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Growing Problem of At-Risk Youth Addressed With Counseling Summer Institute

UNIVERSITY PARK, Pa. — The problem of at-risk youth is a growing one, one that requires involvement and action from a wide spectrum of resources.

“Counselors, teachers, parents and others working and interacting with today’s youth, if they are to help, must have a solid understanding of the factors that young people face in making the often difficult transition between adolescence and adulthood,” said Dr. David Capuzzi, affiliate professor in Penn State’s Department of Counselor Education, Counseling Psychology and Rehabilitation Services and co-editor of the newly released fifth edition of Youth at Risk: A Prevention Resource for Counselors, Teachers, and Parents.

The book, considered by experts as a “must-read for every school counselor and mental health counselor,” provides the most current information and techniques for addressing dysfunctional family dynamics, low self-esteem, mood disorders, stress and trauma, eating disorders, suicidal behavior, teen sexuality and substance abuse, among other issues.

Penn State Continuing Education’s new Professional Development in Counseling Summer Institute features Capuzzi, who is also a past-president of the American Counseling Association. The summer series, which starts on May 19, is aimed at counselors, social workers, psychologists and others seeking to earn continuing education units to renew their licenses, as well as foster parents and group home directors. It consists of 21 short-course workshops at six different locations across Pennsylvania and features nationally known speakers, including Penn State faculty. “Couples and Family Counseling,” the last of the spring offerings, will be held May 9, 10, 16 and 17 at Penn State Harrisburg.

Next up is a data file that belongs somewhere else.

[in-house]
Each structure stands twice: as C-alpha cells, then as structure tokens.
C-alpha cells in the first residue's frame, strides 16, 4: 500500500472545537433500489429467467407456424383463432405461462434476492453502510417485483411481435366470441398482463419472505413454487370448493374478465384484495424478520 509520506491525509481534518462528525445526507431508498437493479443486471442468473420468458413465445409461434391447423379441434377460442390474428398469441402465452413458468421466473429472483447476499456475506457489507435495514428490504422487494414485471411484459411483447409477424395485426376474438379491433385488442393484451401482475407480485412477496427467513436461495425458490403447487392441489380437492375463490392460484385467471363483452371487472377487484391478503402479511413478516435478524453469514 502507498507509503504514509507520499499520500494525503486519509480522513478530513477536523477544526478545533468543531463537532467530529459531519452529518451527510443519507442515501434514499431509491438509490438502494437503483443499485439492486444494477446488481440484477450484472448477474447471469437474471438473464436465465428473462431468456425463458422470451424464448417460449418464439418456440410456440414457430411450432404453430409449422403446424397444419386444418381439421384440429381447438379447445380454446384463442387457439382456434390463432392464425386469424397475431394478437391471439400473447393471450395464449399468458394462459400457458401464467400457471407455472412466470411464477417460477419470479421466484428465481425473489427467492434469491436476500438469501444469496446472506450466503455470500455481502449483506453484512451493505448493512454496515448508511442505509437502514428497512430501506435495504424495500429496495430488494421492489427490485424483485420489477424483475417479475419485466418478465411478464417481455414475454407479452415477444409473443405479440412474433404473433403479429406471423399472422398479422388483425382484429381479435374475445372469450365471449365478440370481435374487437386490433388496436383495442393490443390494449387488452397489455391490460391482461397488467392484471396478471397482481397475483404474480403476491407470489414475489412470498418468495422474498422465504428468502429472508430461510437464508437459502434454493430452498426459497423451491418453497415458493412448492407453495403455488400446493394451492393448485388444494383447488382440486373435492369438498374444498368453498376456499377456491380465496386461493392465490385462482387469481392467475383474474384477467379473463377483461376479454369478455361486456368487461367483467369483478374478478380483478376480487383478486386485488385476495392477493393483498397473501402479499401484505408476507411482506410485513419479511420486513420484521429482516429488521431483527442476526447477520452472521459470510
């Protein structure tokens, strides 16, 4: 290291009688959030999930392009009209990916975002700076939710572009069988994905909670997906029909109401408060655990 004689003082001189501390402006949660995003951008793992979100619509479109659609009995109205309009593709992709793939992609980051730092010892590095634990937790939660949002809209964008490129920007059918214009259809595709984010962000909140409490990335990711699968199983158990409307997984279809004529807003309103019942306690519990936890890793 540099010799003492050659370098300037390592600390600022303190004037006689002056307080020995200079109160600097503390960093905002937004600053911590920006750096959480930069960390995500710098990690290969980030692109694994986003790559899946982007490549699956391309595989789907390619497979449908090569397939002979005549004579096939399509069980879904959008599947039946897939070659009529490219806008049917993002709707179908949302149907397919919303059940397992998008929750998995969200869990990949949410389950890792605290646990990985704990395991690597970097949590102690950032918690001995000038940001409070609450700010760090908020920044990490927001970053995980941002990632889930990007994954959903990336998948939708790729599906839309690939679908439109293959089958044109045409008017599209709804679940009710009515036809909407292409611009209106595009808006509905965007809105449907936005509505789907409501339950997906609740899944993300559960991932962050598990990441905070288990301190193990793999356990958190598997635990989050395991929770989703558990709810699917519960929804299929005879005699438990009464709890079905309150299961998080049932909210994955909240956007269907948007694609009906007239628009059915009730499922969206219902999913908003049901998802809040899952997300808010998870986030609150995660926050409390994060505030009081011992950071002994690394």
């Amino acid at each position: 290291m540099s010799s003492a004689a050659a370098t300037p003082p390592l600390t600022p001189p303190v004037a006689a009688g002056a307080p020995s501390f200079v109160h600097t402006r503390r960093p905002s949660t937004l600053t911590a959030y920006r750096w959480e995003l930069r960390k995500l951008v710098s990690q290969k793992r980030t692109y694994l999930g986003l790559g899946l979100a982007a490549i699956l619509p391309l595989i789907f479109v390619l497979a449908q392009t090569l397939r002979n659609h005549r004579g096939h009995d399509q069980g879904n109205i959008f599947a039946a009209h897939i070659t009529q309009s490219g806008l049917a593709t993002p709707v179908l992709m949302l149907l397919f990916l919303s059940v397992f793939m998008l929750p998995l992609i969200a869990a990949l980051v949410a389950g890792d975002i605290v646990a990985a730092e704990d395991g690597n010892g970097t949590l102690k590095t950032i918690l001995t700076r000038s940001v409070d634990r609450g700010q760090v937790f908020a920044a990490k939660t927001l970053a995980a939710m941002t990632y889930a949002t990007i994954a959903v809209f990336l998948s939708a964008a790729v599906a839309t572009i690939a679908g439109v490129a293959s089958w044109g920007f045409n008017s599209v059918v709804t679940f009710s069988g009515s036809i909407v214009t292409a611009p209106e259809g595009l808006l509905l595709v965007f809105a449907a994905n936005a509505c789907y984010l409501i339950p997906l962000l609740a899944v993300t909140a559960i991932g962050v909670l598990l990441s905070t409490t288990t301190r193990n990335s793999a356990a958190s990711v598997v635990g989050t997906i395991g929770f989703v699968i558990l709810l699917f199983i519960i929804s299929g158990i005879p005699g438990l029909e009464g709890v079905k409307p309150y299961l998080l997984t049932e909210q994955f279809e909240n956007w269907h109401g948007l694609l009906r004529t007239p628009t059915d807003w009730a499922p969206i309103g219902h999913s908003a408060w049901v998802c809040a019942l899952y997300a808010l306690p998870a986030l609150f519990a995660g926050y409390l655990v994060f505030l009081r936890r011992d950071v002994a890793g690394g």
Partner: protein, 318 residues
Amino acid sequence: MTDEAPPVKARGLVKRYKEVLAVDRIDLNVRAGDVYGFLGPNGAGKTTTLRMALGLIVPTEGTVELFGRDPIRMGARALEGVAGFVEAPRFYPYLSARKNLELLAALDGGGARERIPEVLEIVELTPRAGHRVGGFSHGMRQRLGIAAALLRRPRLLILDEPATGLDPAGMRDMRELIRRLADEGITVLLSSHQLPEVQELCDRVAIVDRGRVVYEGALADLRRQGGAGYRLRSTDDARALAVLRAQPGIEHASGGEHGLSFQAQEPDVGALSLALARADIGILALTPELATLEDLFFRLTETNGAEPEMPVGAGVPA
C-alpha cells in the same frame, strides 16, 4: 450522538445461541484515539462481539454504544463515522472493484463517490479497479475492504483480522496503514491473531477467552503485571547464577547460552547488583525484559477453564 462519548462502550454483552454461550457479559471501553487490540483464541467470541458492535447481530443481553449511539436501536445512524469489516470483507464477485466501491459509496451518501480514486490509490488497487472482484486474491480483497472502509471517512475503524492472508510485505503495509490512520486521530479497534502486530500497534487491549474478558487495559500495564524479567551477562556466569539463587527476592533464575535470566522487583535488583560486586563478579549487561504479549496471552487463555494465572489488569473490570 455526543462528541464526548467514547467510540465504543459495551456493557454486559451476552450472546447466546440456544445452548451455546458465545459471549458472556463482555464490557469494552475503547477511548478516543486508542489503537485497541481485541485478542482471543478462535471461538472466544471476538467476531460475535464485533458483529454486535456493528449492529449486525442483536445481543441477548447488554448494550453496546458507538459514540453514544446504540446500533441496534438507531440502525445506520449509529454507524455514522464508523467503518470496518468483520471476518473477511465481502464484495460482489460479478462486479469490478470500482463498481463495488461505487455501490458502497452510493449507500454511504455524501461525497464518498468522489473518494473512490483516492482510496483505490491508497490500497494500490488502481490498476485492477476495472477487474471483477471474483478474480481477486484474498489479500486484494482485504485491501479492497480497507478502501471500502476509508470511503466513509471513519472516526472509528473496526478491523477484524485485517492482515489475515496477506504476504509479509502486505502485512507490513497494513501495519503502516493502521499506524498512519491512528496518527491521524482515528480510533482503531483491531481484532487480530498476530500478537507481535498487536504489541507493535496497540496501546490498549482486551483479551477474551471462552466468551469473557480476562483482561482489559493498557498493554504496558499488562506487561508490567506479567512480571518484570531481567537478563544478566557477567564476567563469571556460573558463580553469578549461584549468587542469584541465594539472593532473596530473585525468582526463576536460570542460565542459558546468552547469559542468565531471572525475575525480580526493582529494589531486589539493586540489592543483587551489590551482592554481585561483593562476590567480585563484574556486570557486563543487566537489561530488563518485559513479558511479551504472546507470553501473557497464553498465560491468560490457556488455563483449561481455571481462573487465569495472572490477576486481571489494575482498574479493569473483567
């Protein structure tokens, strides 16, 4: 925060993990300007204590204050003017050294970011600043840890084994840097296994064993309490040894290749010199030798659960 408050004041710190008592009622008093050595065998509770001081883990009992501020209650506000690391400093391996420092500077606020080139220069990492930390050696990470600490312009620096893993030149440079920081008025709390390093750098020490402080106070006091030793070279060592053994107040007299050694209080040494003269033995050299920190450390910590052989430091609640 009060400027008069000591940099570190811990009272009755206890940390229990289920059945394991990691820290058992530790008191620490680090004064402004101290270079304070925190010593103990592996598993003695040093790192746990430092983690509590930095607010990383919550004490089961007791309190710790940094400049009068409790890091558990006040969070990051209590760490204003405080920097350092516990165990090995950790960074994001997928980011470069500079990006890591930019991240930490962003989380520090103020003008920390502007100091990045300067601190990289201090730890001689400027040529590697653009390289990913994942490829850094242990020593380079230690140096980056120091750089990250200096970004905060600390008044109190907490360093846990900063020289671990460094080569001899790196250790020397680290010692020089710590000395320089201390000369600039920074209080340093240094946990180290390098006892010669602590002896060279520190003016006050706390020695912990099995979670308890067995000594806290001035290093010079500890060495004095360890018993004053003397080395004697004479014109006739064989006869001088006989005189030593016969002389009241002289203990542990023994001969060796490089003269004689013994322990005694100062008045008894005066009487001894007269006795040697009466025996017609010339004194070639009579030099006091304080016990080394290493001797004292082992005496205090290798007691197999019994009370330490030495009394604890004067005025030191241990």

Capuzzi points out it’s important that professionals gain the latest prevention and intervention methods so that they can better respond to youth before they are in trouble. “It’s vital that counselors and educators have a better understanding of how youth become at-risk and what can be done to minimize such factors and prevent the problems that otherwise are almost bound to occur,” he said. 

Interested participants can visit the Counseling Summer Institute Web site or call 814-865-9654 for more information.

Review all courses available through Penn State Continuing and Professional Education.